You may remember a little over a year ago the NFT of the first tweet posted by Jack Dorsey was sold in the service which, at the time, had just been created. It all started to take shape around the time Twitter turned 15, and many media outlets and Twitter users dug into memory, searching and capturing its founder’s first post. This happened in March of last year, when Dorsey was already showing some interest in the crypto space, and that same month the NFT sale of his first tweet took place.
Your buyer was cryptocurrency investor and entrepreneur Sina Estaviand to acquire the coveted NFT, which in the eyes of many was an excellent investment, he paid no less than $2.9 million (in cryptocurrency). However, what seemed like a great investment turned out to be a total fiasco in the end, which meant millionaire losses for Estavi, who probably didn’t expect such a bitter end to his investment.
And it is that at the end of last week he decided to sell the highly valuable NFT of Jack Dorsey’s tweet, and his estimates made him thinks the price of the digital asset would exceed $50 million. Of course, as a sign of goodwill, he said he would be allocating 50% of the proceeds from this lucrative sale to charity. A round company, right? If he had reached $50 million and donated $25 million to social causes, he would still have made a net profit of $22.1 million in just over a year. A round plan.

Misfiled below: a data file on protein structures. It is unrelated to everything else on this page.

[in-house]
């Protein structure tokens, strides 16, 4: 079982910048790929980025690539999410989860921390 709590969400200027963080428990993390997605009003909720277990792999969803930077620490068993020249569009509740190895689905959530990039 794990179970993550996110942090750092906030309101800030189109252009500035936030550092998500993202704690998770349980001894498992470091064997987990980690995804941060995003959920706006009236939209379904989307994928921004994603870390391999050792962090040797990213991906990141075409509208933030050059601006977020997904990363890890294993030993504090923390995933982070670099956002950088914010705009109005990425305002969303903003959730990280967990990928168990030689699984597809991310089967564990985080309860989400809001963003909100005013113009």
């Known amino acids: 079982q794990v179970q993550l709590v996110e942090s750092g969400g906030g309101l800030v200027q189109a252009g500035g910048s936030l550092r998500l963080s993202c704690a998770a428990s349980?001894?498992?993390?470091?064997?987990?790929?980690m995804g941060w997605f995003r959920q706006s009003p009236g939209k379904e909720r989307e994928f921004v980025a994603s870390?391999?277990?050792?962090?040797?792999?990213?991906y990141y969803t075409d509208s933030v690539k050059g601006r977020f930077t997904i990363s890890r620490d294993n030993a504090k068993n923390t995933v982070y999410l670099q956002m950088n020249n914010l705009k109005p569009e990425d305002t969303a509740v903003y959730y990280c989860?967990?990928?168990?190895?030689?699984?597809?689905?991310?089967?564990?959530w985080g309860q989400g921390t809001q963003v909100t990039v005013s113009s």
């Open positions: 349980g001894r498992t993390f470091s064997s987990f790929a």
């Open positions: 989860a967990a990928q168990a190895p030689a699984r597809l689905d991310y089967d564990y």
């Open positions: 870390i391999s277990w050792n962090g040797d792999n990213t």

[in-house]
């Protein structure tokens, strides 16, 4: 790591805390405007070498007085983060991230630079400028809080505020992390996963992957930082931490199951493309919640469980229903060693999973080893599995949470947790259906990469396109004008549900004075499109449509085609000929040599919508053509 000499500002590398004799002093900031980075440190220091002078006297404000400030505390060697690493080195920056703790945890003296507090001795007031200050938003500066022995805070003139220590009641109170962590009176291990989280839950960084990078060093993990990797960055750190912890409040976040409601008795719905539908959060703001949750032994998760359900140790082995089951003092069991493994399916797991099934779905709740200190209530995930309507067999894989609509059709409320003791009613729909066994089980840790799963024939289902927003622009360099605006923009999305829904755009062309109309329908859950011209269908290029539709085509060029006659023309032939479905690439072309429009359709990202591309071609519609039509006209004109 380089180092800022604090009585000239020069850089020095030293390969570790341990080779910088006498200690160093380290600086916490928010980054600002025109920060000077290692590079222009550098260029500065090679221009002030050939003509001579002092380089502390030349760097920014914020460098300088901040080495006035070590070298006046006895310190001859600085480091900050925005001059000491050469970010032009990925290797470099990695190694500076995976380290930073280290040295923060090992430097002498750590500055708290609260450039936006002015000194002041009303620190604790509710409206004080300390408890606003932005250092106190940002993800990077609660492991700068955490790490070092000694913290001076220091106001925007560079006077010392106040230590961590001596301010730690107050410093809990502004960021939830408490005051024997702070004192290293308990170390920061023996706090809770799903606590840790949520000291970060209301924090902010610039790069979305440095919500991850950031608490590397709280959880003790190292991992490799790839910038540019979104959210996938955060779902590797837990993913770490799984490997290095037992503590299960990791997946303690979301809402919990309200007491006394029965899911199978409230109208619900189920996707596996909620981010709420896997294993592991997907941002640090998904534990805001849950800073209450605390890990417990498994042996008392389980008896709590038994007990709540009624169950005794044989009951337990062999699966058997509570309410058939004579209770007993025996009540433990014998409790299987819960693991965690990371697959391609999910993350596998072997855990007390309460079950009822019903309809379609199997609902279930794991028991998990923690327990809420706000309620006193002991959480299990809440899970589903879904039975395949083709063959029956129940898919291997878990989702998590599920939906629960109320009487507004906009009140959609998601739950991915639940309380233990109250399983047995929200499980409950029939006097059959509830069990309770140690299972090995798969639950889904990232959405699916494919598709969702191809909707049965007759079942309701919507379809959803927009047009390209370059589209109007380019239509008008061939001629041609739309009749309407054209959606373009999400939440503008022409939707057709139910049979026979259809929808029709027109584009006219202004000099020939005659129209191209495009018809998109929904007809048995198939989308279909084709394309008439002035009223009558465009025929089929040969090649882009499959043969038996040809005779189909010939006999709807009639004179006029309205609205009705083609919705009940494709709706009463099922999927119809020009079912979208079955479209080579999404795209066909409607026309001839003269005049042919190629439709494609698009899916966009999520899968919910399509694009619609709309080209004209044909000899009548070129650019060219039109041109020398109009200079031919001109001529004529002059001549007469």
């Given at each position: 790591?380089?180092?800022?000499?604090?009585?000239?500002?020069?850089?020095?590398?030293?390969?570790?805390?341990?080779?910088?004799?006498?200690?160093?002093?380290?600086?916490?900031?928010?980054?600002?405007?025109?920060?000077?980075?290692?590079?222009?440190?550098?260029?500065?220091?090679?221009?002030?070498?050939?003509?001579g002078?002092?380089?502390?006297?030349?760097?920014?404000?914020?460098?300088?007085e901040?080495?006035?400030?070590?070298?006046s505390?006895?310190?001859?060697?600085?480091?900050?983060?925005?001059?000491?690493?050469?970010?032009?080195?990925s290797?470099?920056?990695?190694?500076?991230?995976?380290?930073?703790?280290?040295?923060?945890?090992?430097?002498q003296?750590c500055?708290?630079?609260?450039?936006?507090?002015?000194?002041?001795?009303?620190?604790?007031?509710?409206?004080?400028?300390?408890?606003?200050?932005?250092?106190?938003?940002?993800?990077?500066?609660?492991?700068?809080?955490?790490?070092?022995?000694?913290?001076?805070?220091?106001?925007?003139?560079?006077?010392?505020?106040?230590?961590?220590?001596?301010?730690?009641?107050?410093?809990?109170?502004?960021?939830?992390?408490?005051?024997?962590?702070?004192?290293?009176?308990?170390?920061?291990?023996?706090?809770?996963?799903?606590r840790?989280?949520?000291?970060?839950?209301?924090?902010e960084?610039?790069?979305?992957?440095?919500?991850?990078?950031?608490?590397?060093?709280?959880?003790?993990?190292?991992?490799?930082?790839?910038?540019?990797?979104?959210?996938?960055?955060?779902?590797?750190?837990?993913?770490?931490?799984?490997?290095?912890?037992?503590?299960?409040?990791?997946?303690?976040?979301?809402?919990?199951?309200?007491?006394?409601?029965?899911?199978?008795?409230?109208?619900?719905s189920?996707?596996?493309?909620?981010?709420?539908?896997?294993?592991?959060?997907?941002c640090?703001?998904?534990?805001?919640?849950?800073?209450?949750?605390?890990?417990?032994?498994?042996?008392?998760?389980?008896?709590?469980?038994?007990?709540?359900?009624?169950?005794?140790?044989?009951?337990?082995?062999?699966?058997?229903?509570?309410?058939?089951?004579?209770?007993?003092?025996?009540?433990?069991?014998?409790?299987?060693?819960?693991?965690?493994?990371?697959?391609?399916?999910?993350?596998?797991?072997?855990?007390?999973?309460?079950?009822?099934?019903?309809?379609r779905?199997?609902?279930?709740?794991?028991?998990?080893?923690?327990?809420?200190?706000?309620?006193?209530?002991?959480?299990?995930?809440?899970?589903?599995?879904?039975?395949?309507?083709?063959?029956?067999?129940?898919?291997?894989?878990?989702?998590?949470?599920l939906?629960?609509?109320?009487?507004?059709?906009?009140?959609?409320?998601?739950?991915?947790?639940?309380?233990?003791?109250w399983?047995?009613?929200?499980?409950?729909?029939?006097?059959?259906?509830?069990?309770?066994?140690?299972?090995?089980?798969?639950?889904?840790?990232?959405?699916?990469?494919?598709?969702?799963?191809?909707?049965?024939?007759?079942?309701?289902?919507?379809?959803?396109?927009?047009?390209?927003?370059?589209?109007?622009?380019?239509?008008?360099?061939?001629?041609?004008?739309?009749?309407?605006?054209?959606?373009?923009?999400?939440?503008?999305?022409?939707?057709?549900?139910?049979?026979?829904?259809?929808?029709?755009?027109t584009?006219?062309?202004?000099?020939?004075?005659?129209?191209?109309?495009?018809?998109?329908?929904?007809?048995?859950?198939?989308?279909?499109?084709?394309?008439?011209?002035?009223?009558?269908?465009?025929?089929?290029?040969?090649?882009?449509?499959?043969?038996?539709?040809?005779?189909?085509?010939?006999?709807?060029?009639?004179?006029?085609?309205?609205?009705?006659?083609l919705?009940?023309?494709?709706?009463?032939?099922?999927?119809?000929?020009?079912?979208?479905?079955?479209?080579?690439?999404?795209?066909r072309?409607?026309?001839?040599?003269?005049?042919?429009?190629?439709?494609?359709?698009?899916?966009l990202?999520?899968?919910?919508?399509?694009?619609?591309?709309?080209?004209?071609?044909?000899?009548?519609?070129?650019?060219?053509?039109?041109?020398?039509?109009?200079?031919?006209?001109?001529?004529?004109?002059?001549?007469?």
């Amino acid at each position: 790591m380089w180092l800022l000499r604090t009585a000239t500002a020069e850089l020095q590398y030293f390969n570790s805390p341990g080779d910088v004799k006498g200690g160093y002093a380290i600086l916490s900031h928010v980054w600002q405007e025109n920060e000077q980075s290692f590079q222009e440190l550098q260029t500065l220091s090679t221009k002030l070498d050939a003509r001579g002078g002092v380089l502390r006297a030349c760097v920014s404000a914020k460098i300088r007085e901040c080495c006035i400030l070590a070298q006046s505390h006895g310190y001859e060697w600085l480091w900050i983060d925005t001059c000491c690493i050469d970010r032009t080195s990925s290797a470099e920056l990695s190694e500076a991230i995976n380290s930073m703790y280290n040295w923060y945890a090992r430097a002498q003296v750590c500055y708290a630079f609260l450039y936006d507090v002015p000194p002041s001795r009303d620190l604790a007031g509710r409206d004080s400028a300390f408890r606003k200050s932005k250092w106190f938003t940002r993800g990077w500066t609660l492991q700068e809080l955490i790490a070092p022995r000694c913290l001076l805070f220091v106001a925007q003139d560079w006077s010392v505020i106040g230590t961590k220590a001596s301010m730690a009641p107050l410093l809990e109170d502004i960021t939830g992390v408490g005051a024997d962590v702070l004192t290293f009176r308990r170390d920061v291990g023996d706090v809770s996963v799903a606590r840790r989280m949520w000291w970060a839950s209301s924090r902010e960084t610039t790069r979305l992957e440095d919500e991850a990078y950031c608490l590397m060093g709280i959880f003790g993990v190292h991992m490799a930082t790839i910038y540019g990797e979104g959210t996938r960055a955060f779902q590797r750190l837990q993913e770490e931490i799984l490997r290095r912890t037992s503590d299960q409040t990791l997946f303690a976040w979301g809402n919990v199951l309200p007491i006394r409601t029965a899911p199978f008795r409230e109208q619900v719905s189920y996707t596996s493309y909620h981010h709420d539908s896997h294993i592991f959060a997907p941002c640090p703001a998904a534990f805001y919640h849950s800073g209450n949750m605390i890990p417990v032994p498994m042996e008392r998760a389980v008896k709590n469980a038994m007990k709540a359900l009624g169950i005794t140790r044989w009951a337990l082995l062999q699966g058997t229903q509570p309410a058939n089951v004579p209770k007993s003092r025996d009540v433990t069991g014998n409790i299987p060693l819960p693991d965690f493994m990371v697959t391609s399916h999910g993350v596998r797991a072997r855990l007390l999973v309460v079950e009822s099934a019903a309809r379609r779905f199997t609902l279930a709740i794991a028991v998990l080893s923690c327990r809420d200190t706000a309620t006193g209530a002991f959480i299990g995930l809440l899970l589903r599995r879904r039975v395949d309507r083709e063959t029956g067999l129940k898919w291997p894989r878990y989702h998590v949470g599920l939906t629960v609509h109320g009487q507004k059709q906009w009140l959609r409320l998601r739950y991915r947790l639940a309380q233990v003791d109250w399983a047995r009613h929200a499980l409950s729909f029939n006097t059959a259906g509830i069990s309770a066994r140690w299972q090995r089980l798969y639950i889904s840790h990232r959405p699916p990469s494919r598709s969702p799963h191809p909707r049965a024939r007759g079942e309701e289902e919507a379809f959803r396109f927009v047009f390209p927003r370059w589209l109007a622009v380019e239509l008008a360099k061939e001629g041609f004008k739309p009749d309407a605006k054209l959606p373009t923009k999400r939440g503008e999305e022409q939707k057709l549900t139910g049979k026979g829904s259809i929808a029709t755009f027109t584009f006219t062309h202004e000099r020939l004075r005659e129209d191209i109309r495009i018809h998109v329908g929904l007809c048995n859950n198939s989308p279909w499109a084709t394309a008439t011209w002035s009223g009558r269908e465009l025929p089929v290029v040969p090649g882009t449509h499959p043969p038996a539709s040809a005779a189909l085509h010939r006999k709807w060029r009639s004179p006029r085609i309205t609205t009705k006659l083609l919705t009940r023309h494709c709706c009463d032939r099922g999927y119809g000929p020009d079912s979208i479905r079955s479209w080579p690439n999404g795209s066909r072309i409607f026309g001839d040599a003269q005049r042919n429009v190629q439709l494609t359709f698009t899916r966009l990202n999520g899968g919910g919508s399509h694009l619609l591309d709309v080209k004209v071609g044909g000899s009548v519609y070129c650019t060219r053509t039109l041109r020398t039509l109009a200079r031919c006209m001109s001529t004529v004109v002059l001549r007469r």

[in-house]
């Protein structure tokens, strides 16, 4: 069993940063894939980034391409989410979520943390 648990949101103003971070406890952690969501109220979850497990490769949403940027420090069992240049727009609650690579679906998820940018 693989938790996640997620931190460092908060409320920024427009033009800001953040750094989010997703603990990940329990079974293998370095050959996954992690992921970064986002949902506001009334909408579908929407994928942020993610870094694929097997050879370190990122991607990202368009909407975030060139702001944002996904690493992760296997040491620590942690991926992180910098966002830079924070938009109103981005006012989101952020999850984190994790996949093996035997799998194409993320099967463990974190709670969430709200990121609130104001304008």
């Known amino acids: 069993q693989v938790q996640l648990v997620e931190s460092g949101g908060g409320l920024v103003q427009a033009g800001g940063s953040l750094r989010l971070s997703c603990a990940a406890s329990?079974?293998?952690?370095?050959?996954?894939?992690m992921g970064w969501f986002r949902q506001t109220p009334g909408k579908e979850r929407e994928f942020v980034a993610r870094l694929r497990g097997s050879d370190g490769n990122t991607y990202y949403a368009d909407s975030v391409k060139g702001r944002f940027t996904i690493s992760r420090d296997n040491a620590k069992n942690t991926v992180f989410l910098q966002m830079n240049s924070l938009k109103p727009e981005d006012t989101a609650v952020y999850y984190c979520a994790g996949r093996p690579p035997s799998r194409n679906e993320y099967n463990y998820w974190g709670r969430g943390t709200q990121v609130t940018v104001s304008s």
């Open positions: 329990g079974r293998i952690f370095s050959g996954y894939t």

— Estavi (@sinaEstavi) April 6, 2022
However, the reality didn’t live up to Estavi’s expectations. Moreover, the reality was not even within a reasonable distance of these estimates. And it is that, as we can read in Coindesk, the NFT auction only added a total of seven bids, which started at 0.0019 ethereums (just under six dollars) and climbed to 0.09 ETH (current price $277). The amounts are so small it sounds like a joke, but that’s the real result of the auction once it’s over.
And what happened next? Well, Estavi told Coindesk the following: “The deadline I set for myself had passed, but if I get a good offer, I might take it, maybe I’ll never sell it.”. An attitude that undoubtedly serves to give credibility to both Estavi himself, who was already arrested in Iran last year, and the NFT market, in which he can be seen as a seller decides to cancel a sale when the result of the auction does not interest him.
What the NFT market is not going through its best moment It is something that is not lost on anyone. From punctures like Pixelmon to signs of lack of security in some cases like Axie Infinity, not to mention the growing presence of fraud, and now we have to add Jack Dorsey’s NFT auction puncture, and breach by its owner of the moral commitment he acquired by putting it up for sale.